Specifically, the school is seeking permission from the city for a one story addition of 2,000 square feet on top of its existing building at 20 West End Avenue. It would also like to construct a new building (possibly a 23 story tower, which would include 190 residential units) on two adjacent lots that it owns; one is located at the corner of West End Avenue and 61 Street, and is currently occupied by the Potampkin auto dealership, operating on a month to month lease; the other adjoining lot is on West 61 Street and is occupied by an auto repair shop.

The purpose of the expansion is to consolidate the elementary and middle schools adjacent to the high school.

The master planning process is ongoing with architects Cooper Robertson & Partners. The proposal for the new school (elementary and middle) is an additional 171,931 square feet (242 square feet per student) and will include an additional 36 classrooms, 2 gyms, 1 auditorium, 2 libraries, administrative offices, 2 lunch rooms, 3 art studios, 2 music rooms and 3 science labs.

Website is available: http://www.heschel.org/index.html

227 West 61 Street (The Beacon School)

Address: 227 West 61st Street (227-243 W 61)

Block No: 1154
Lot No: 108

Landmark status: No

Contact

Kathleen Grim, Deputy Chancellor for Finance and Administration
New York City Dept. of Education
52 Chambers Street
New York, NY 10007
(212) 374-0209

Ruth Lacey, Principal
The Beacon School
273 West 61 Street
New York, NY 10023
(212) 245-2807

Walter & Samuels Management
419 Park Avenue South
New York, NY 10016
(212) 685-6200

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Summary of site plans and status

On 6/27/2007, the New York City Council approved the site plan allowing for an approximately 850-seat high school facility located generally on the north side of West 61st Street between Amsterdam and West End Avenue.

The New York City School Construction Authority has undertaken its site acquisition process for Beacon High School. The site contains approximately 22,500 square feet of lot area and is located on the north side of West 61 Street between Amsterdam and West End Avenues in the Borough of Manhattan. This site is privately-owned and improved with a three-story (plus basement) building which contains approximately 70,000 gross square feet. The entire building is currently occupied by the New York City Department of Education’s Beacon High School under a lease which is scheduled to expire in 2010. City Council Member Gale Brewer, the School Construction Authority, the Department of Education, and the school are working together to keep the school on the West Side.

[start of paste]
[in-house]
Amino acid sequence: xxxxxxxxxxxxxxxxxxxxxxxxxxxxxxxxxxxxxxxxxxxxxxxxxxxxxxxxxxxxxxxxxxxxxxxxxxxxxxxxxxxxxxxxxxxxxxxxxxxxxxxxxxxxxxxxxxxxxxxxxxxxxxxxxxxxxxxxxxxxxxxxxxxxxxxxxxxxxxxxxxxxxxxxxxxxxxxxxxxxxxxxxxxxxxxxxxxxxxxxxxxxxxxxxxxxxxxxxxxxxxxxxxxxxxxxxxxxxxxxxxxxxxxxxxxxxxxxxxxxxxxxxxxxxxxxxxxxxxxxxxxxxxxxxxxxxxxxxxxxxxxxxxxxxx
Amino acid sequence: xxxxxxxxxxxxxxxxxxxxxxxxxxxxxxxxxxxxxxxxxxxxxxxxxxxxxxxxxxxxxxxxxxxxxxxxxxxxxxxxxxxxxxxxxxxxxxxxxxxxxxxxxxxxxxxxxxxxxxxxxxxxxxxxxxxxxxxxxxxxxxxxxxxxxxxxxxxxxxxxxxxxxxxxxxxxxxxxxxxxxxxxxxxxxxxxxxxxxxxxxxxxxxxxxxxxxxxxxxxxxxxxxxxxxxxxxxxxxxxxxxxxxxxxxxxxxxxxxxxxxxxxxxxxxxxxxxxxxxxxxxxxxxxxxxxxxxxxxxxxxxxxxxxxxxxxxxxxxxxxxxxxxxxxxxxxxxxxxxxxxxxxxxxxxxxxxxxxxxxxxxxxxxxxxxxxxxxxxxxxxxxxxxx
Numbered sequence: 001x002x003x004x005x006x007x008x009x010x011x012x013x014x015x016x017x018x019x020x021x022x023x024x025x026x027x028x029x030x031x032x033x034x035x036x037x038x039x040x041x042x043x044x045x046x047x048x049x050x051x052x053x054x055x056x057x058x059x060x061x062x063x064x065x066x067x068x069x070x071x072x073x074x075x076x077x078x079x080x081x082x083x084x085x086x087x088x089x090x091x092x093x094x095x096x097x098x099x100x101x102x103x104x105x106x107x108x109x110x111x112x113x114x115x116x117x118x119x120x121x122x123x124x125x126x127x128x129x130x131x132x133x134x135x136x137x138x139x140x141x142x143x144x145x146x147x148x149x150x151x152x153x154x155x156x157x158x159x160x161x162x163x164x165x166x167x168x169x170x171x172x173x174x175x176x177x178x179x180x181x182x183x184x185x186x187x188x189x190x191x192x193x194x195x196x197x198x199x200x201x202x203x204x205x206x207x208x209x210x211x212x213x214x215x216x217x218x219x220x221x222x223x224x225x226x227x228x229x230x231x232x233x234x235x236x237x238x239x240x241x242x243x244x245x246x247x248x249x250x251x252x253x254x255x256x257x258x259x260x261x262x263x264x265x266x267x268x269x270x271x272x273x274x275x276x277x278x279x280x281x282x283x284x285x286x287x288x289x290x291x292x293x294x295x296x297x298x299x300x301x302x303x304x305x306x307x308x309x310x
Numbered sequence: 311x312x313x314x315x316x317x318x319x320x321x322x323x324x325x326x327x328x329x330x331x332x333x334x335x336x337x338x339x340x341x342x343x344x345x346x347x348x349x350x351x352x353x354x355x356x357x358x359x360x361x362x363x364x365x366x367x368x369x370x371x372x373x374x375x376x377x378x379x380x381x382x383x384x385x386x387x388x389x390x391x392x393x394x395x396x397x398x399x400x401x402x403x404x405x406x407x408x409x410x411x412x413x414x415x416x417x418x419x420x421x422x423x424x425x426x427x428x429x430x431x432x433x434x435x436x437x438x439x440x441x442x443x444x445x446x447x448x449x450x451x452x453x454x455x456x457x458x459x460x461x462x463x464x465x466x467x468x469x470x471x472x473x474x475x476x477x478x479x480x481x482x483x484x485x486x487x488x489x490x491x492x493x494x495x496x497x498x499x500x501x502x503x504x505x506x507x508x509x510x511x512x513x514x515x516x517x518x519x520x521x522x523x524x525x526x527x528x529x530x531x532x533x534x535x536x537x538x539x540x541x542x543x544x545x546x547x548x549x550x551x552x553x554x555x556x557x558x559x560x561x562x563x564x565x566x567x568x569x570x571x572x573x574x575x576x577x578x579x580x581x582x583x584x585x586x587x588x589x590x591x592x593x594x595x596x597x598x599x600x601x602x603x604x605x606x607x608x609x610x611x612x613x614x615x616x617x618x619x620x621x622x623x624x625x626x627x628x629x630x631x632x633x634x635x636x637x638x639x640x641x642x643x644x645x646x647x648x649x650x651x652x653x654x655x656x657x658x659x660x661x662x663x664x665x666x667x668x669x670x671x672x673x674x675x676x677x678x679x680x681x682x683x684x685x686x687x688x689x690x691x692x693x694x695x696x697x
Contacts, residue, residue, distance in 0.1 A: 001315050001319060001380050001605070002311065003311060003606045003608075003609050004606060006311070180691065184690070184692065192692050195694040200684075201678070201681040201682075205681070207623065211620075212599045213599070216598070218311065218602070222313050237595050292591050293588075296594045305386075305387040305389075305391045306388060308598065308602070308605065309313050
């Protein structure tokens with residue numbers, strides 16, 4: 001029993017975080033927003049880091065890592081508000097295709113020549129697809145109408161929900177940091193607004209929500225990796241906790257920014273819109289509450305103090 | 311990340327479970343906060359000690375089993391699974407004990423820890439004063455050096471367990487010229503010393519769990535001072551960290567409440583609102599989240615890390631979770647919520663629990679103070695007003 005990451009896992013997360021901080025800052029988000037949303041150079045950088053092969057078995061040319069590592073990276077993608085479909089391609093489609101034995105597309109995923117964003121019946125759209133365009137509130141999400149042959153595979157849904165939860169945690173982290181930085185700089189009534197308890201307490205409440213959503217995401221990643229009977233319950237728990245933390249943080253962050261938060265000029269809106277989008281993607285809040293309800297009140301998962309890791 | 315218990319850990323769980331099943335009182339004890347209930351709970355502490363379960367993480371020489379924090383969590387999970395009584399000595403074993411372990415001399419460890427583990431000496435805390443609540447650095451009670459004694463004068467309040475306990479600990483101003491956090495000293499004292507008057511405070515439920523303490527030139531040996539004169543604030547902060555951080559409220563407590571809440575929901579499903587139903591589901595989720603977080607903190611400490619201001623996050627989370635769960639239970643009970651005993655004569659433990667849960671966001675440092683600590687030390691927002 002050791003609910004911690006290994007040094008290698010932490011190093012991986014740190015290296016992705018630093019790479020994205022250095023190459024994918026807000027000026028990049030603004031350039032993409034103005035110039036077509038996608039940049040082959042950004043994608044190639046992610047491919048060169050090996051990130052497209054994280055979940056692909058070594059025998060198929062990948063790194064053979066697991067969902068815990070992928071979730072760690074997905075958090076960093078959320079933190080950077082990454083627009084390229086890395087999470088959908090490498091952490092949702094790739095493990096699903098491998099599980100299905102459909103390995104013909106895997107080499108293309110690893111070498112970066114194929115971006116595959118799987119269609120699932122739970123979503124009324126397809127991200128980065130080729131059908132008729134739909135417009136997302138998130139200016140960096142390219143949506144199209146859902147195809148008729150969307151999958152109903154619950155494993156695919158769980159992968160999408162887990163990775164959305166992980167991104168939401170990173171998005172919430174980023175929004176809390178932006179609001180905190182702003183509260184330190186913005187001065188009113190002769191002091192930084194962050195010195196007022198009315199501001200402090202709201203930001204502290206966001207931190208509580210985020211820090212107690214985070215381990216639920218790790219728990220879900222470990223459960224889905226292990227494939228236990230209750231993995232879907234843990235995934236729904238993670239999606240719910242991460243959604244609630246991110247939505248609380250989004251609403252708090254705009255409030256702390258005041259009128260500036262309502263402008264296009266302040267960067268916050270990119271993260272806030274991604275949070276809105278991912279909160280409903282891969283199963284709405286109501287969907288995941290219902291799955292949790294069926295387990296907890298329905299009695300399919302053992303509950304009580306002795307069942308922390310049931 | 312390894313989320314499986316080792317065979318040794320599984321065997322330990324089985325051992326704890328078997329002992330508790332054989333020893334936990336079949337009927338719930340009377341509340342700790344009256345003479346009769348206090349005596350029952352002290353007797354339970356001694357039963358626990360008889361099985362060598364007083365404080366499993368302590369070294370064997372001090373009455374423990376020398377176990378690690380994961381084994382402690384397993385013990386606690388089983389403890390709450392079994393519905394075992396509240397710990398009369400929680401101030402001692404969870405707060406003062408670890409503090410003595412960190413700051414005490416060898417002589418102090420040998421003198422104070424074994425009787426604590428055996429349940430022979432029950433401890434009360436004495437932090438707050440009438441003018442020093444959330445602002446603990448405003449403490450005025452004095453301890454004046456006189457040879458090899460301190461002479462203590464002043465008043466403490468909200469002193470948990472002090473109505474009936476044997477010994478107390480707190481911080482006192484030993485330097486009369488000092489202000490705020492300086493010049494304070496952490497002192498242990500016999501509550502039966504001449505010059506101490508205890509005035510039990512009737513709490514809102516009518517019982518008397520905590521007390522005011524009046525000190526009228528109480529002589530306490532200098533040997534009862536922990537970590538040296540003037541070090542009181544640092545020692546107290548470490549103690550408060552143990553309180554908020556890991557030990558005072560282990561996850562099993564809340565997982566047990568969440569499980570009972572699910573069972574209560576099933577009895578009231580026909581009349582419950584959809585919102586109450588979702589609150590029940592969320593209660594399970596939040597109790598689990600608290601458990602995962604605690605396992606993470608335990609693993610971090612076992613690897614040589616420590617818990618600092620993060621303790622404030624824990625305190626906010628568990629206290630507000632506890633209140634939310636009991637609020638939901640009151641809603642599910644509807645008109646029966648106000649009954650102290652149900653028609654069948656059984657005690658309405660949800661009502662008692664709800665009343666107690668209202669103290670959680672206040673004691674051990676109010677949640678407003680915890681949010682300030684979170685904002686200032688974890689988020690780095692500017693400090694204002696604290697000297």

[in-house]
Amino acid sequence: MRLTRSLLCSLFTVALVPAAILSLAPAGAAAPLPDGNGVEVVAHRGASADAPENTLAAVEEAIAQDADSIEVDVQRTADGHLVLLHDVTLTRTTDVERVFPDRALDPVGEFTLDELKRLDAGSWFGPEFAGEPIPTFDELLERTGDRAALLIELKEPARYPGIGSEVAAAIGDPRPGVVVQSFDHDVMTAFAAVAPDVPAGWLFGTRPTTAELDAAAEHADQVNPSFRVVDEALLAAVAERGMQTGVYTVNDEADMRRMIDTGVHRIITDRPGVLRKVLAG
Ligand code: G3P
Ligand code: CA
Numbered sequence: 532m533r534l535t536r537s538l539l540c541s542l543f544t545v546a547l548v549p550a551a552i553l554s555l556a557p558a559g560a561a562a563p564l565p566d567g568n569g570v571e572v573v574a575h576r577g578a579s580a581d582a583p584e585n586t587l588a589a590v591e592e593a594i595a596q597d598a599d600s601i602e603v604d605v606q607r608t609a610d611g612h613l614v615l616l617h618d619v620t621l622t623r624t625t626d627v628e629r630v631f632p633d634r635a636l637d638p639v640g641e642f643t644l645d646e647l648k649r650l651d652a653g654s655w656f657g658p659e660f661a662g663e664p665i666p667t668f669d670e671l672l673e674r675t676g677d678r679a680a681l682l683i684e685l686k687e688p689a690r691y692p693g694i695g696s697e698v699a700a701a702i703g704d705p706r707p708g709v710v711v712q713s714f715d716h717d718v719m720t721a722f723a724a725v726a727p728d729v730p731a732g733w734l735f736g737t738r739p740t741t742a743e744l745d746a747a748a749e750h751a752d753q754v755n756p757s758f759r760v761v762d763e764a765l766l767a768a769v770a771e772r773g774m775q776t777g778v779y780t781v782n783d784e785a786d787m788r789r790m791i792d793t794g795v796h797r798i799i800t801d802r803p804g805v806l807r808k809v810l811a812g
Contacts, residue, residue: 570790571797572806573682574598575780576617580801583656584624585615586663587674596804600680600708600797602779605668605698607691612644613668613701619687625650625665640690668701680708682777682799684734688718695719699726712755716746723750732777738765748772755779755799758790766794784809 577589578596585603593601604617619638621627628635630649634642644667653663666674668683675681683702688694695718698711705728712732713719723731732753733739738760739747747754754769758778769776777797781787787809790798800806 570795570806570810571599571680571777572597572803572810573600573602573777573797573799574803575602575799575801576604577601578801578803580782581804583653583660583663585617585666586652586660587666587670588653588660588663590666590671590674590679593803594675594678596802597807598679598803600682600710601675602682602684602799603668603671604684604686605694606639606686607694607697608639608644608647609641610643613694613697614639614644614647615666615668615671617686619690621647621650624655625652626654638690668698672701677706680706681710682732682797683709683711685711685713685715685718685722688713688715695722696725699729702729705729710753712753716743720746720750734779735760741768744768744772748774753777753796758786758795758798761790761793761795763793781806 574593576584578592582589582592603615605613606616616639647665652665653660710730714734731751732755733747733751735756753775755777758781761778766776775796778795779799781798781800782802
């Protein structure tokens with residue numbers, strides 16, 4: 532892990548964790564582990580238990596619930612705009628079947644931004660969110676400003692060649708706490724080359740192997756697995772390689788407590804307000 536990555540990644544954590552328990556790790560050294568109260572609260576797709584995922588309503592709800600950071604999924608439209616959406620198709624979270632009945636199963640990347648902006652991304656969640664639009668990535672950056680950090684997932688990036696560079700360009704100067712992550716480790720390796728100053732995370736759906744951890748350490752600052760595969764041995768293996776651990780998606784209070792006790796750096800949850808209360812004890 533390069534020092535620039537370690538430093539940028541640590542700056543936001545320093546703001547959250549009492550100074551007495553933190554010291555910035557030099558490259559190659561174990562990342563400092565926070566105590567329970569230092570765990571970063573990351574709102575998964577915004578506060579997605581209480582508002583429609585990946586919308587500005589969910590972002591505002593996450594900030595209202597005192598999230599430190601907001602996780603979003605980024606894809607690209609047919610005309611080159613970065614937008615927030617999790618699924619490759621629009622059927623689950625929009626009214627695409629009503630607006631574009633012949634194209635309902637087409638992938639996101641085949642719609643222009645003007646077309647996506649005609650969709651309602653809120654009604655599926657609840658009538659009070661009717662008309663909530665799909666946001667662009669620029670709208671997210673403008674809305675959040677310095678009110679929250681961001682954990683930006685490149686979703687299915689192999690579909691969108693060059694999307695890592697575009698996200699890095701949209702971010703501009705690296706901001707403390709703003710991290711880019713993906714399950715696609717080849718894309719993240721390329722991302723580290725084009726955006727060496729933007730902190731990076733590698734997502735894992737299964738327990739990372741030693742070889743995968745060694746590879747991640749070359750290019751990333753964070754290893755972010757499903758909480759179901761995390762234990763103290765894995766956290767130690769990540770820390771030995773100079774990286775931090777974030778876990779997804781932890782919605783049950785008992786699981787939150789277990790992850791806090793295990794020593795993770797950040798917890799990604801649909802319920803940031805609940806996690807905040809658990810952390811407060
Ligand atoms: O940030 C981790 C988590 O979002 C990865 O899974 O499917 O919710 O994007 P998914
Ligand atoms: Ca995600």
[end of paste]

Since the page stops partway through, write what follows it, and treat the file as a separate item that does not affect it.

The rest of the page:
The Notice of Filing of the Site Plan was published in the New York Post and City Record on April 2, 2007. Manhattan Community Board 7 was notified on April 2, 2007, and was asked to hold a public hearing on the proposed Site Plan. Manhattan Community Board 7 held a public hearing on April 18, 2007, and subsequently sent written comments in support of the proposed acquisition of the Site. The City Planning Commission was also notified on April 2, 2007, and also recommended in favor of acquisition of the site.

The following is quoted from the April 17, 2007 meeting of the Land Use Committee of Community Board 7

Resolution regarding 227 West 61st Street, The Beacon School (Amsterdam-West End Avenues.) New York City School Construction Authority’s proposed acquisition of Block 1154, Lot 108, for continued use as an approximately 850-seat high school facility.

The attorney for the School Construction Authority presented on the proposed acquisition of the existing Beacon School on 227 W. 61st St. lot; and, he answered questions as to the Findings and the issue of possible use of eminent domain by SCA: unneeded in this case. The HS bldg. has +60,000 sf of developable FAR.

Vote on the Joint Resolution: 8 / 0 /2.

Click here to read the minutes from the rest of the meeting.

On June 27, 2007, the New York City Council passed a resolution approving the Beacon School site plans. Resolution 948 reads as the following:

WHEREAS, the New York City School Construction Authority submitted to the Council on June 14, 2007, a site plan pursuant to Section 1732 of the New York State Public Authorities Law for an approximately 850-seat high school facility, known as the Beacon High School, located generally on the north side of West 61st Street between Amsterdam and West End Avenues (Block 1154, Lot 108), in DOE Instructional Region No. 10/Community School District No. 3, Community Board No. 7, Borough of Manhattan (the “Site Plan”);

WHEREAS, the Site Plan is subject to review and action by the Council pursuant to Section 1732 of the New York State Public Authorities Law;

WHEREAS, upon due notice, the Council held a public hearing on the Site Plan on June 19,2007;

WHEREAS, the Council has considered the land use implications and other policy issues relating to the Site Plan;

RESOLVED:

Pursuant to Section 1732 of the Public Authorities Law, the Council approves the Site Plan.

As of August 2007, the School Construction Authority has been authorized by CB7 and the City Council to move forward in acquiring the building.